String.An element is created in the DOM. It is created with a string—the browser resolves this string to an element name. Strings are everywhere.
String methods.We can build entire interfaces with just strings and logic. Many string methods are present. The most useful ones (like substring and indexOf) are often called.charAtcharCodeAtconcatfromCharCodeincludesindexOflastIndexOflengthlocaleCompareparseIntreplacesplitsubstringtoLowerCasetoUpperCase+ (concat)== (equal)=== (equal)!= (not equal)!== (not equal)
IndexOf.This method searches a string. We can specify a start location. We can use lastIndexOf to reverse the search of the string.indexOf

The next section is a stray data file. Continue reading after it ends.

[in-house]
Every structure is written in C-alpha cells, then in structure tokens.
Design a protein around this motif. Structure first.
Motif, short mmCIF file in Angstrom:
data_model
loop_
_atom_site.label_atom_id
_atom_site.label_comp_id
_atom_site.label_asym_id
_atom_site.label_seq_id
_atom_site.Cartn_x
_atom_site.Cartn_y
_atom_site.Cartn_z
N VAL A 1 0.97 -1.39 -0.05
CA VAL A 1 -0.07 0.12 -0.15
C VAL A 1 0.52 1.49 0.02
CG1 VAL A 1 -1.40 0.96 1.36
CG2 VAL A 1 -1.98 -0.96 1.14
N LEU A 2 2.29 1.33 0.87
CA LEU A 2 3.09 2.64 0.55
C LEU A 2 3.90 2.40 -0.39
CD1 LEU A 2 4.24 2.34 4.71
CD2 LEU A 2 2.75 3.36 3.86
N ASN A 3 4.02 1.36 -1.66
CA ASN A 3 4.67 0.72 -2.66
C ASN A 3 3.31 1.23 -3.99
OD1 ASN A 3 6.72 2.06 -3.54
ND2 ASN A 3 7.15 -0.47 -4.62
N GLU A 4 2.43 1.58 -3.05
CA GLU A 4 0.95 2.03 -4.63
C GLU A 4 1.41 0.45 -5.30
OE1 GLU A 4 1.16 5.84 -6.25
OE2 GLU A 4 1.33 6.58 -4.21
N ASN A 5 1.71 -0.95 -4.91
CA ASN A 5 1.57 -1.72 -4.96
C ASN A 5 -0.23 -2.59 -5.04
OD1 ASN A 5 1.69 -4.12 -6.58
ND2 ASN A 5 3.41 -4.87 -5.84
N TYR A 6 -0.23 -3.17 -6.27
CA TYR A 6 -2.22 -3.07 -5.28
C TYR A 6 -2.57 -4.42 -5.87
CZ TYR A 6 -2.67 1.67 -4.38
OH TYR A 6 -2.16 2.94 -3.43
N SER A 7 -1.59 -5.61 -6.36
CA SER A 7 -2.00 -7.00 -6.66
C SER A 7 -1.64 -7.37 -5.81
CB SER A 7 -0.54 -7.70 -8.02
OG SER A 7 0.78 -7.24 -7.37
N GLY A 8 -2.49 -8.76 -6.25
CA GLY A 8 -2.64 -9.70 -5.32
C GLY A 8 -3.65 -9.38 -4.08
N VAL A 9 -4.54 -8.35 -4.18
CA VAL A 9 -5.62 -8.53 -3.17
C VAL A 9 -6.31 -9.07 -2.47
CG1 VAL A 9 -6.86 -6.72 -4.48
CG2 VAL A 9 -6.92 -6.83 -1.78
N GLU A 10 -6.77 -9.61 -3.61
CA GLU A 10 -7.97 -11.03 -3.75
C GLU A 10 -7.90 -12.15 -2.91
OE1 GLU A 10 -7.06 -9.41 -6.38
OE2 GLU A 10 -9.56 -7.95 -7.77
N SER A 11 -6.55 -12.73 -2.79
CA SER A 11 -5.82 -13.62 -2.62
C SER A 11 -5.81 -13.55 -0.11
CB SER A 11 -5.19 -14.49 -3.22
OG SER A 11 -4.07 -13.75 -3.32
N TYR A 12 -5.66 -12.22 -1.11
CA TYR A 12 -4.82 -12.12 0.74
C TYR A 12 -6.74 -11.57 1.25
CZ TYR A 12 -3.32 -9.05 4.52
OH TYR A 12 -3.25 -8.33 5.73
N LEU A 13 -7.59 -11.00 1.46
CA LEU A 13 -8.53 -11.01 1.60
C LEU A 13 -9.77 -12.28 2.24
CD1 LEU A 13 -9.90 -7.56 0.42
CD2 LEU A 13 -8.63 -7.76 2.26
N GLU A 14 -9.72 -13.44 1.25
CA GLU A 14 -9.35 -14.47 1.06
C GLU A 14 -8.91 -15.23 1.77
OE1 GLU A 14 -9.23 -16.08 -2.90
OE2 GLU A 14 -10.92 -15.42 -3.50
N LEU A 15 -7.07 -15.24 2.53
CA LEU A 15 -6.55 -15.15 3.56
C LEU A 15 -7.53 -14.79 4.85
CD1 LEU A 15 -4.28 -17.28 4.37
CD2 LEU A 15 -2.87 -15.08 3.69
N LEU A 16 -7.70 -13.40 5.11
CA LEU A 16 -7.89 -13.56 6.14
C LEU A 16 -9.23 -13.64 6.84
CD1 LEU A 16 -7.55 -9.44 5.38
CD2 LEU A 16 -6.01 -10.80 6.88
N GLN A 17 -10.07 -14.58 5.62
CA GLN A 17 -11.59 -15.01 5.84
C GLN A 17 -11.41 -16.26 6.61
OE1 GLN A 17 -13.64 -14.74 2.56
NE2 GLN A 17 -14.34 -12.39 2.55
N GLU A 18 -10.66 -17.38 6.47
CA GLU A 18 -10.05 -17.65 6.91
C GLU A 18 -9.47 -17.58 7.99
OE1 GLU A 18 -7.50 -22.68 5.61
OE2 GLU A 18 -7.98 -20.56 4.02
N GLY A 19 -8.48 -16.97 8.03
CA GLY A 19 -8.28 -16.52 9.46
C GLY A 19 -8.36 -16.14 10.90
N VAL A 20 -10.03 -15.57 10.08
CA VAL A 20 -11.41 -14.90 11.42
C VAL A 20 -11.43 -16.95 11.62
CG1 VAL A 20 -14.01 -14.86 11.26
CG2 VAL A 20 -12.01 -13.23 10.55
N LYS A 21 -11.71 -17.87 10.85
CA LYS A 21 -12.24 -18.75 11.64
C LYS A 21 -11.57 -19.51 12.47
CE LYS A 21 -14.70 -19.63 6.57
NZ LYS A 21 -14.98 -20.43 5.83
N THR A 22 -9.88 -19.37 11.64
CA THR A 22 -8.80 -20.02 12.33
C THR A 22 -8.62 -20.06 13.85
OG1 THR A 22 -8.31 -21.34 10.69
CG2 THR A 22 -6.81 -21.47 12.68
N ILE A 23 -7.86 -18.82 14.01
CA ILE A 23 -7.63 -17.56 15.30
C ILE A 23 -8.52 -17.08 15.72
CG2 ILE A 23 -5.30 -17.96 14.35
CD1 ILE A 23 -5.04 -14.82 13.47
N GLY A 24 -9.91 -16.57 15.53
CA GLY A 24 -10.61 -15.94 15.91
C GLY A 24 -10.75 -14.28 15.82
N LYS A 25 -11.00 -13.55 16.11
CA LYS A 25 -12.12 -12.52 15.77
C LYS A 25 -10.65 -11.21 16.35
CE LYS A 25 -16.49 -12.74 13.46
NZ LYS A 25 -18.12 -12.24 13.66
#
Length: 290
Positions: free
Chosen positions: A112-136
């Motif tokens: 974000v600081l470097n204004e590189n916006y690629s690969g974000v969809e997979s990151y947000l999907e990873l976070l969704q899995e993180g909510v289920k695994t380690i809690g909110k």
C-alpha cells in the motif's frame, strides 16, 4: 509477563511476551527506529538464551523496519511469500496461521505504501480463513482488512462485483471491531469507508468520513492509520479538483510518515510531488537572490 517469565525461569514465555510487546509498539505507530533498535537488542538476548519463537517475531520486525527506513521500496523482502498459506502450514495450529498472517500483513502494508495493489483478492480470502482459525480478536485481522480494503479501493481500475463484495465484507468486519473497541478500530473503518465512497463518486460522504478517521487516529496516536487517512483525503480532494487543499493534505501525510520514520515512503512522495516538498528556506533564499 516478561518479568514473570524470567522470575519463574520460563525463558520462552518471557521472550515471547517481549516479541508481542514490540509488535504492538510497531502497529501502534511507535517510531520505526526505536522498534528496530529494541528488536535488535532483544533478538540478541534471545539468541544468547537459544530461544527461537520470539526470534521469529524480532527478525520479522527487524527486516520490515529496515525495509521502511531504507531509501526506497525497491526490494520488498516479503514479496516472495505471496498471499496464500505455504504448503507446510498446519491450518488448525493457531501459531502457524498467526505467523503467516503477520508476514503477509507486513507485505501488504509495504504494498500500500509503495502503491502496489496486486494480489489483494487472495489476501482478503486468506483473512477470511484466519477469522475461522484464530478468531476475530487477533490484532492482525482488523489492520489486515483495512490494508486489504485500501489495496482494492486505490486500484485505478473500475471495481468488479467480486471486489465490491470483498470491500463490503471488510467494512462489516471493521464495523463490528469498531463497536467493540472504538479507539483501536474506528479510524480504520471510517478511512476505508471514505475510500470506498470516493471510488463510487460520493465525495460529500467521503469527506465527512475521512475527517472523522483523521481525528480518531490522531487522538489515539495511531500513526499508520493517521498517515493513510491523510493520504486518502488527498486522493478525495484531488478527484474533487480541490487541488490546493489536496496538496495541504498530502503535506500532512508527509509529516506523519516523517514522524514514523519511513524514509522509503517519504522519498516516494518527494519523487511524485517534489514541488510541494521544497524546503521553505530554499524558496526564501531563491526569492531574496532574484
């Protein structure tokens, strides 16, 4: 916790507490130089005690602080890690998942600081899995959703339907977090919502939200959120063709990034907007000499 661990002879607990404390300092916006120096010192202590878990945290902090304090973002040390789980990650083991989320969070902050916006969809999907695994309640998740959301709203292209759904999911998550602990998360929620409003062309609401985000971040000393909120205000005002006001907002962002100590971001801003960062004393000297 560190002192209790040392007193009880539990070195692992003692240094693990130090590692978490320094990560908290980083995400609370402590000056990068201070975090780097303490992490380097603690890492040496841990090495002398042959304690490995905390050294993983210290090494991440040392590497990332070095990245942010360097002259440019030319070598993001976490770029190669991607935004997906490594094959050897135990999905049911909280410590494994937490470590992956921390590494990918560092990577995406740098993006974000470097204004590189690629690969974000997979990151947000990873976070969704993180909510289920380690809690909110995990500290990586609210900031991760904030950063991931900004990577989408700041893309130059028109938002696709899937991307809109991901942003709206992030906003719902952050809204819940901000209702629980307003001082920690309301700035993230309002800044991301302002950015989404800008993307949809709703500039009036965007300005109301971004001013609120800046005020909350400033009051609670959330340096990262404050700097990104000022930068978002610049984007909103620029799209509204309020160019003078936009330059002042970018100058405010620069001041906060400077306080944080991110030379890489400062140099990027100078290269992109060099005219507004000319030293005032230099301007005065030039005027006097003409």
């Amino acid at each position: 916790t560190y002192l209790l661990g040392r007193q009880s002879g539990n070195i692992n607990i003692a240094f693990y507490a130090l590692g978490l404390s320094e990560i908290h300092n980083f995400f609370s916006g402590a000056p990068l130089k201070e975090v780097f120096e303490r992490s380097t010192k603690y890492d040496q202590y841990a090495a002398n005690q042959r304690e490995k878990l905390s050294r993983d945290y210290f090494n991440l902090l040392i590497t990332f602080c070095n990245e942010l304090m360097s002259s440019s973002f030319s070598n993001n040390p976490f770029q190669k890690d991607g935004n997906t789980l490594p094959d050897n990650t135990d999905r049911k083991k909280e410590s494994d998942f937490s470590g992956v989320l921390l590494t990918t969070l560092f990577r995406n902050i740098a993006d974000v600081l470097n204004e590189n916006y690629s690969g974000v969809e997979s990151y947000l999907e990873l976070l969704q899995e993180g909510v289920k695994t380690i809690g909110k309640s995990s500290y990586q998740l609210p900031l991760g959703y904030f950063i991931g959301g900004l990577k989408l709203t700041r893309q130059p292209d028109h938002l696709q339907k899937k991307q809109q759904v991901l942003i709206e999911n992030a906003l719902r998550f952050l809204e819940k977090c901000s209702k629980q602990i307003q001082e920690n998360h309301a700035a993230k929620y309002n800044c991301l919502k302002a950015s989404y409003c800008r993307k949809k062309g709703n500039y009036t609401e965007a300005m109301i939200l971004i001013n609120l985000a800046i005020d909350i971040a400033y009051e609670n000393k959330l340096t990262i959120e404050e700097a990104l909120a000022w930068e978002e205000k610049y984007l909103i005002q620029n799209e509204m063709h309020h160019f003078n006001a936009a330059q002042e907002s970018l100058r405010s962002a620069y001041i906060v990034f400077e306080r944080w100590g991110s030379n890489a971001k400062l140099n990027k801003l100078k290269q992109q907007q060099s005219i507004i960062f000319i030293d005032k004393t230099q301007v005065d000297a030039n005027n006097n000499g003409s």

Equals.Two strings may be equal. With the "==" operator, a conversion may be done to test for equality. So a number may equal a string.Equals
Replace.Sometimes a string has parts we want to change to other values. With the replace method we modify the first occurrence of a string in a source string.replace
Split.Often we have a string that contains small delimiters (separator characters). We can split these strings apart with the split method.split
A review.Usually the lowest-level data type that fits is best: for numbers we prefer 100 (an integer) over "100." Strings have many conversion rules and useful properties like length.
Dot Net Perls
|© 2007-2019 Sam Allen. All rights reserved. Written by Sam Allen, firstname.lastname@example.org.|